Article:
Bladder or bowel incontinence means a problem holding in urine or stool. You may have unwanted passage of urine or stool that you can’t control. These conditions can be stressful to deal with. But don’t feel embarrassed about talking to your healthcare provider. They are used to dealing with these issues, and can help you manage the problem.
When the bladder and bowel function normally, nerves tell certain muscles when to tense up and when to relax. Nerves in the spinal cord send messages from the brain to the bladder. Sphincter muscles control the flow of urine. Muscles in the rectum and anus control or release stool. These nerve and muscle processes allow urine and feces to be removed when you want them to.
Many conditions may affect the nerves and muscles that control the bladder and bowel.
Bladder incontinence can be caused by things such as:
Damage to nerves in sphincter muscles
Holding urine in too long (urine retention), which can damage the bladder
Having to urinate many times during day and night, often urgently (overactive bladder)
Bowel incontinence can be caused by things such as:
Damage to the nervous system from disease or injury
Rectum bulging down into the anus (rectal prolapse)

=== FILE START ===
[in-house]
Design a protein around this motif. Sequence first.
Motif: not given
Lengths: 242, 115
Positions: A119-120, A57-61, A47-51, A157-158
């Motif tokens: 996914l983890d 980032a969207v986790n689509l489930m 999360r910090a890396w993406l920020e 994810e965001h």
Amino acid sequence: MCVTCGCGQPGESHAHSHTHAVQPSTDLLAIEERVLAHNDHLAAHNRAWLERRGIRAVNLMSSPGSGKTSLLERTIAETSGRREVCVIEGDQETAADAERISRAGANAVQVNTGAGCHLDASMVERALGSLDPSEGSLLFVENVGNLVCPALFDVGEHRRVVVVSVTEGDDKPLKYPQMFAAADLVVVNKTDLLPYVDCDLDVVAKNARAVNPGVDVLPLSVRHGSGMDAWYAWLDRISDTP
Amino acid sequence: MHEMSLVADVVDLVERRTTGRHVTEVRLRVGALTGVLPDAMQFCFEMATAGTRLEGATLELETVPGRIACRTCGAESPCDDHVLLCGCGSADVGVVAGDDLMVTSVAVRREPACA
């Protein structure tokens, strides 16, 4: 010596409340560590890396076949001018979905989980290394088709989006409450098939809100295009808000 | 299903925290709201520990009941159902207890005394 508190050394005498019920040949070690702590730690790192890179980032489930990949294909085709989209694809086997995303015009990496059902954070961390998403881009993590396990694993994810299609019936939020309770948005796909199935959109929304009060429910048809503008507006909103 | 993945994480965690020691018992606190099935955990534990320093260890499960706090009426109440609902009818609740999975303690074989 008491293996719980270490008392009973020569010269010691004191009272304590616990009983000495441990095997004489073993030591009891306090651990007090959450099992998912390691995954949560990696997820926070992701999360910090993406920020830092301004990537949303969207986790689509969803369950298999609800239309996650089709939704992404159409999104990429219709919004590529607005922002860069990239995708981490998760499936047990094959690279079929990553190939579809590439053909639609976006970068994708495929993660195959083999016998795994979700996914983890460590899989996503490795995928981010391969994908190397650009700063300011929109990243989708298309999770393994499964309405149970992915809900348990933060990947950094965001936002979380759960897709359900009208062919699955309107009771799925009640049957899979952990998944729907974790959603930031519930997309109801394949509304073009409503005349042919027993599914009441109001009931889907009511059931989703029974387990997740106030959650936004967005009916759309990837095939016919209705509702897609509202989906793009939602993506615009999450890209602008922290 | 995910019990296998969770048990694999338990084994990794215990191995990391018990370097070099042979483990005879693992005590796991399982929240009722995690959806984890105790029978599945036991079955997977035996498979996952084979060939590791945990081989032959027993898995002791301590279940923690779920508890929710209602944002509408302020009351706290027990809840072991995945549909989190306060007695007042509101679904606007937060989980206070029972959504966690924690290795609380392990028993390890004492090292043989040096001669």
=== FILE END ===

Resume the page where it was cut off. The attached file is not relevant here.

Rectum pushing into the vagina (rectocele)
Crohn's disease or ulcerative colitis
Either type of incontinence can be caused by things such as:
Medicine side effects
Infections, including spinal cord or brain infections
Problems with the pelvic floor
Damage after surgery
Some common treatments are:
Changes in food or drink. Increasing your fiber intake can help manage diarrhea and constipation. Drinking plenty of fluids can also ease constipation. Not drinking fluids at certain times can help manage overactive bladder and urinary incontinence.
Exercises. Kegel exercises can strengthen the sphincter muscles and pelvic floor. This can help you have better control.
Medicines. Some medicines can help control bowel incontinence. Antidiarrheal medicines can help manage diarrhea. And medicine can help bladder muscles relax to give you better control.
Keeping a bathroom schedule. Setting a regular schedule for using the toilet can give you better control. This includes attempting to urinate or move your bowels at the same time each day.
Electrical stimulation. This therapy can stimulate damaged nerves. This may give you better muscle control in your bladder or bowel.
Surgery. In rare cases, you may need surgery to repair damage to muscles or nerves.
Your healthcare provider will work with you to create a treatment plan.
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